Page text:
R: Or 'dnt' (doesn't). Dnt it sound funny? that's for 'doesn't', 'does not'. So if your listening skills get better and better these wouldn't sound so hard. And it might help you understand our 'knock-knock jokes.'

  E: But you know there are also lots of 'dga's, like 'wouldga' (would you), and 'couldga' (could you). Would you go? 'would you', when is shortened, sounds a lot like 'wouldga'. Or could, 'couldga'. so when you hear that 'dga' sounds you know it's 'you'. Would you go? Could you go? And also 'you' turns into 'ya'. 'Will ya', 'will ya go' is supposed to be 'will you'. But if you say it very fast it can turn into 'will ya', 'will ya go'. So 'ya' and 'dga', could you, would you, if it has a 'd' at the end of the first word, these are all ones that you should learn and think about when you're exercising your ears. And if you ever meet any foreign children you can ask them if they know any 'knock-knock jokes'. And your ears would gets so tired you would know what to do because children know hundreds of 'knock-knock jokes', don't they?

  E: Knock, knock.

  R: Who's there?

  E: Midas.

  R: Midas who?

  E: Midas (Might as) well sit and relax, the show's over.

  R: Did you get it? Midas is a name. 'Might as' well…is the English.


敲门的笑话
  大家好!在今天的“你说我说”中,我们要谈一个非常有趣的话题。

  今天要谈的是一种特别的笑话,叫做 'knock-knock joke'。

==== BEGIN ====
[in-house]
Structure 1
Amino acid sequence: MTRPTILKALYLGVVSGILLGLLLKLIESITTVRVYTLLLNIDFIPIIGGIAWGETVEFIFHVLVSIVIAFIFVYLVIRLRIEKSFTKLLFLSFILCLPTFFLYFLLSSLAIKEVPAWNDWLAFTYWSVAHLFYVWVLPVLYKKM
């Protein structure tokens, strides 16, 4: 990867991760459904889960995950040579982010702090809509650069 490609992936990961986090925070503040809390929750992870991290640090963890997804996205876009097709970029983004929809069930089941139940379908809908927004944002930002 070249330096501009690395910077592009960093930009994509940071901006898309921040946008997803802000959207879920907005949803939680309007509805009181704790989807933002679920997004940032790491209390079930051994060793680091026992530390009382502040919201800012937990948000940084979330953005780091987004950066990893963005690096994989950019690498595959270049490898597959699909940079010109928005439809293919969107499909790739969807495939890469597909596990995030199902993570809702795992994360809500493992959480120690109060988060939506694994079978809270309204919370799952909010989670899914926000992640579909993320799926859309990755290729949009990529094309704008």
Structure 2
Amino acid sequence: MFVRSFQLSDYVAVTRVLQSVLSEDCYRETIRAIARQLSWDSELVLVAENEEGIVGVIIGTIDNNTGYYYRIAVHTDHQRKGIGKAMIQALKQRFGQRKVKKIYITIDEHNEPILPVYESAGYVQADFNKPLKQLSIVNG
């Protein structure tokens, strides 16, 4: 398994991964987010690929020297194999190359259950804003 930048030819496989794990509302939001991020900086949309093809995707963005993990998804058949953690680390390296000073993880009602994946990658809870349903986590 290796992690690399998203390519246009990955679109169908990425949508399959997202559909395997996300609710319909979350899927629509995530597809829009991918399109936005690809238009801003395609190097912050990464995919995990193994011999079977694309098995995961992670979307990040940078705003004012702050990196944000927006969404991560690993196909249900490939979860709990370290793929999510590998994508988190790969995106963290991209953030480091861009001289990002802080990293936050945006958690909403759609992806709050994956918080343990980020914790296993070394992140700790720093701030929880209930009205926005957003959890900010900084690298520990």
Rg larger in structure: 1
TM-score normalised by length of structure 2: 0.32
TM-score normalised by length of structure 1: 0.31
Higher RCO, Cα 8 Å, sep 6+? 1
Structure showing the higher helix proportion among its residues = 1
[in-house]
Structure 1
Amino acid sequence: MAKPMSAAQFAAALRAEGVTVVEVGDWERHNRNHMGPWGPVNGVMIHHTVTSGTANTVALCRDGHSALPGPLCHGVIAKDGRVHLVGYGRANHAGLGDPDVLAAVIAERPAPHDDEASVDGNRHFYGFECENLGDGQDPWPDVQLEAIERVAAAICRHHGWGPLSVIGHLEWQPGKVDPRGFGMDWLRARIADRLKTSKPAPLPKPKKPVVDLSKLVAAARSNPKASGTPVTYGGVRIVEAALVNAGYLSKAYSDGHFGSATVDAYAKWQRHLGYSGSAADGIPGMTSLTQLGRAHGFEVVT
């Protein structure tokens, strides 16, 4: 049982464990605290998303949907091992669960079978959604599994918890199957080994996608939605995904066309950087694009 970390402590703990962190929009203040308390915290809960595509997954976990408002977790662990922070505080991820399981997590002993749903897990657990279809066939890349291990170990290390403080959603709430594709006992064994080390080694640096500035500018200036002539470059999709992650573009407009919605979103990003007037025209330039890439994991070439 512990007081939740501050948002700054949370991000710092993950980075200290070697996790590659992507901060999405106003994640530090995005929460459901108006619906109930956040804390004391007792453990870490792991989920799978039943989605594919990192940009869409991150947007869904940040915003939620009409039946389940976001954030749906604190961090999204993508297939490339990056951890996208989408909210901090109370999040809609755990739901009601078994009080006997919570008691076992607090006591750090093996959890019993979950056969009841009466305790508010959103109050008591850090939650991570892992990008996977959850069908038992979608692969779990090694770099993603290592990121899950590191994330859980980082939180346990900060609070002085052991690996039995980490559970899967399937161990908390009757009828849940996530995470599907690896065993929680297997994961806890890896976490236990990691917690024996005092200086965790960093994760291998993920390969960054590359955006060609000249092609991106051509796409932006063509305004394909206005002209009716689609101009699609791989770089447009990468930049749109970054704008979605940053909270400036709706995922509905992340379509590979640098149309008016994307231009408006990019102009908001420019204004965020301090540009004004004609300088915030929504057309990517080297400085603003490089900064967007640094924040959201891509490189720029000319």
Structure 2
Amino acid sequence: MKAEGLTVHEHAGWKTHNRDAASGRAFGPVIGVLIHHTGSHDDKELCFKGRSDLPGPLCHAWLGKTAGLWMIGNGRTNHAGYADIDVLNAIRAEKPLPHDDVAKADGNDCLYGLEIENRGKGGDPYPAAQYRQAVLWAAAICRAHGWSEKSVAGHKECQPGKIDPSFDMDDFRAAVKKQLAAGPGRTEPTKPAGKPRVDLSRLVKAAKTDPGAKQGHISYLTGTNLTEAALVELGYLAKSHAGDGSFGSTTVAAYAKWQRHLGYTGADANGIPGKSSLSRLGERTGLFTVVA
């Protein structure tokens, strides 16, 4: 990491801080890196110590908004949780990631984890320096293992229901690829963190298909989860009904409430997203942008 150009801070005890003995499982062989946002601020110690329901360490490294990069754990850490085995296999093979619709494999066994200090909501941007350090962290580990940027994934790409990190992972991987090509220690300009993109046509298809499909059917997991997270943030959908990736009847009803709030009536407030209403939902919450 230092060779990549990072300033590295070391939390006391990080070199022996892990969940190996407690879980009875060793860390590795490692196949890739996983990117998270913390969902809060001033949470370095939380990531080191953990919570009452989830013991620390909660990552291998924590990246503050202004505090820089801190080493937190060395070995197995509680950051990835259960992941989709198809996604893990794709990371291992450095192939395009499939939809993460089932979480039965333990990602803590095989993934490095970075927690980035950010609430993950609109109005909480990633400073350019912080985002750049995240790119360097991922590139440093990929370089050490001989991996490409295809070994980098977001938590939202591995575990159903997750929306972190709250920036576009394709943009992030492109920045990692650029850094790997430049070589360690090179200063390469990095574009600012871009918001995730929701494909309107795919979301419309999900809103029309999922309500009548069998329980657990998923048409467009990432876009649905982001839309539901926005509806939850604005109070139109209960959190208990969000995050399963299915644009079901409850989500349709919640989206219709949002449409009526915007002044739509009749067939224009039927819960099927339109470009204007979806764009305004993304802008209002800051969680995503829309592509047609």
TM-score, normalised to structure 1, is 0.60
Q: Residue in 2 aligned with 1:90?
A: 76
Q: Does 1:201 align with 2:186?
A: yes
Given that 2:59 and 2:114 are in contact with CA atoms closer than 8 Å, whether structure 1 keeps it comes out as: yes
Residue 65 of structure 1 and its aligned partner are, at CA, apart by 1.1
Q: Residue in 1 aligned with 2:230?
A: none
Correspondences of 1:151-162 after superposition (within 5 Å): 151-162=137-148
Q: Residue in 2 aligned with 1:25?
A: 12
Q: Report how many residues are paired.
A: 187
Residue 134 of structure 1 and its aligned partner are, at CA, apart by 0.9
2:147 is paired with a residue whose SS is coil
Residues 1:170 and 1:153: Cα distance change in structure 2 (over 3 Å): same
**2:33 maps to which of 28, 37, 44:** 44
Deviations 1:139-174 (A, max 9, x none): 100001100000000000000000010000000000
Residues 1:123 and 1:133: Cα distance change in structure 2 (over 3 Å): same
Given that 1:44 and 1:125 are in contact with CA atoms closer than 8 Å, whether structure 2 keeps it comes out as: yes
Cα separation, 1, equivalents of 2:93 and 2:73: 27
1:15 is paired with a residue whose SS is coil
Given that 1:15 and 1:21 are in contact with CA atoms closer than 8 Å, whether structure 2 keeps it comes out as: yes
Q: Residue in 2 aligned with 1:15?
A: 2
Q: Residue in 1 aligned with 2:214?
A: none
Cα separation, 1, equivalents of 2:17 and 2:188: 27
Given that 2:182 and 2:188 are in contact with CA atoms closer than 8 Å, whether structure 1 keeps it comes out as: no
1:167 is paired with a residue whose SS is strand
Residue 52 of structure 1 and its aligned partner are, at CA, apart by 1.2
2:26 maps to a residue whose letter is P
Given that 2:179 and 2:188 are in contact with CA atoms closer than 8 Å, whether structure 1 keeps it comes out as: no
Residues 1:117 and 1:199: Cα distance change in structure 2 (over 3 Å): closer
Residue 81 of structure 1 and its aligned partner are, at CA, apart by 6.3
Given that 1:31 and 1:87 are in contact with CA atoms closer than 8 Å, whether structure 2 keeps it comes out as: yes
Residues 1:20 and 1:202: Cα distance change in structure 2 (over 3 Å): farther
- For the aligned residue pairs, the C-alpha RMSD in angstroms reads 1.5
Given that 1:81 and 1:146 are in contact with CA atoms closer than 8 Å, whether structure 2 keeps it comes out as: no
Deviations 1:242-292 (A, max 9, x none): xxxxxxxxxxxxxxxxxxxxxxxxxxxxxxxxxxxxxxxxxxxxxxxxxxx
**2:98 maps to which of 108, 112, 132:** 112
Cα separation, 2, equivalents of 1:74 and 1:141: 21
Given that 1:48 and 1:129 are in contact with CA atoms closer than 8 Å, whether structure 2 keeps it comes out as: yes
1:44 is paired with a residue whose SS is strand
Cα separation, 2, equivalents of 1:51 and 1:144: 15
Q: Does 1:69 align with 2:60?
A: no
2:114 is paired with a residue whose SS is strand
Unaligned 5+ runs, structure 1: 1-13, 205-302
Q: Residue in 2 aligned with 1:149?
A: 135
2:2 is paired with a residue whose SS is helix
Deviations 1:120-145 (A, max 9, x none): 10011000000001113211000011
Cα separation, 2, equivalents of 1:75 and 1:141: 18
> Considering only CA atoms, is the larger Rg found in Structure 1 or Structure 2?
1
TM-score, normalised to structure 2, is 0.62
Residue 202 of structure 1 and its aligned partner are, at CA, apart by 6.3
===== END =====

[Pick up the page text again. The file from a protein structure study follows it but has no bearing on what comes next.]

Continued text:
knock-knock的意思就是“敲敲门”。

  在听knock-knock笑话时,对听力技巧要求较高,因为我们会用到很多连读。我们今天真正想说的就是如何听清连读的词语,了解它们的意思。

  我们开始一个笑话。

  Knock-knock.

  Who's there?

  Orange.

  Orange who?

  Orange(Aren't) you glad I came?

  I am.但你想说的不是orange 橙子,而是 Aren't you。但 aren't you 读音连在了一起,听起来就像orange。

  但没人会说orange you,只是用这个词来开个玩笑。are't you发音很像orange you,are't you 是are you not的缩略形式。比如 are you not glad,缩略成aren't you gald

  you 在句子里经常读成chow的音。

  当人们将词语混在一起时,听起来会很困难,但当你的英语越来越好时,你就能分清楚这些词了。我们再来说一个knock-knock笑话。

  Who's there?

  Wendy.

  Wendy who?

  Wendy (When did he)go?I missed him.

  你听出来了吗?Wendy.实际上是when did he。

  Wendy是个女孩的名字,而when did he go是个连读的短语。

  Wendy(When did he) go?

  你要注意区分书面语中的缩略形式与连读的差异。在knock-knock笑话中这两点都有。

  在缩略形式中你会改变单词的拼写。比如 have not,你会去掉一个字母,加上一个缩略符号 " ' " ,have not 就成了haven't,而读音也变成了haven't

  。你肯定知道许多缩略形式,比如 can't--can not

  wouldn't--would not,这些都是标准的缩略形式。

  另外还有一些不太正式的,但为了更好听懂英语,你还是应该了解它们。比如did you经常变成 'dijoe'。'dijoe'听起来不会像Did you eat? 这样清楚,有时甚至缩略成'digit?' (Did you eat?)。

  而 Did you则变成了 'joe?'。Did you eat? No, did you?用缩略形式连读就成了'jit?' (Did you eat?),

  No, 'joe?' (Did you?)。

  这确实需要听力技巧。

  其中的 'd'太短了,你都听不出来了。

  还有一些比较容易,比如wanna 意思是want to。

  这实际是美式英语,像wanna gonna。gonna的意思是going to。

  还有 dnt ( doesn't),Dnt is sound funny? 这里的dnt 意思是doesn't。

  如果你的听力技巧提高了,就不会觉得太困难,也会帮助你理解knock-knock笑话。

  你可能还听过很多dga的音,像wouldga ( would you),couldga (could you)

  Would you go? would you 当缩略连读时,听起来就是wouldga,还有couldga ( could you)。所以当你听到这些dga的音,你应该知道这里包含you,you 有时也会被读成ya。will ya Will ya go?实际是 will you,但当读得很快时就成了will ya Will ya go? dga 音是当you 前面的词以d为结尾时发的音,这些音你都应当在练习听力时加以注意。而当你遇到外国儿童时,可以问他们是否知道knock-knock笑话,那时你的耳朵肯定会受不了,因为他们知道上百个这类笑话。再说一个

  Knock, knock.

  Who's there?

  Midas.

  Midas who?

  Midas (Might as) well sit and relax,the show's over.

  听出来了吗?Midas 是个人名,与它谐音的英文是might as。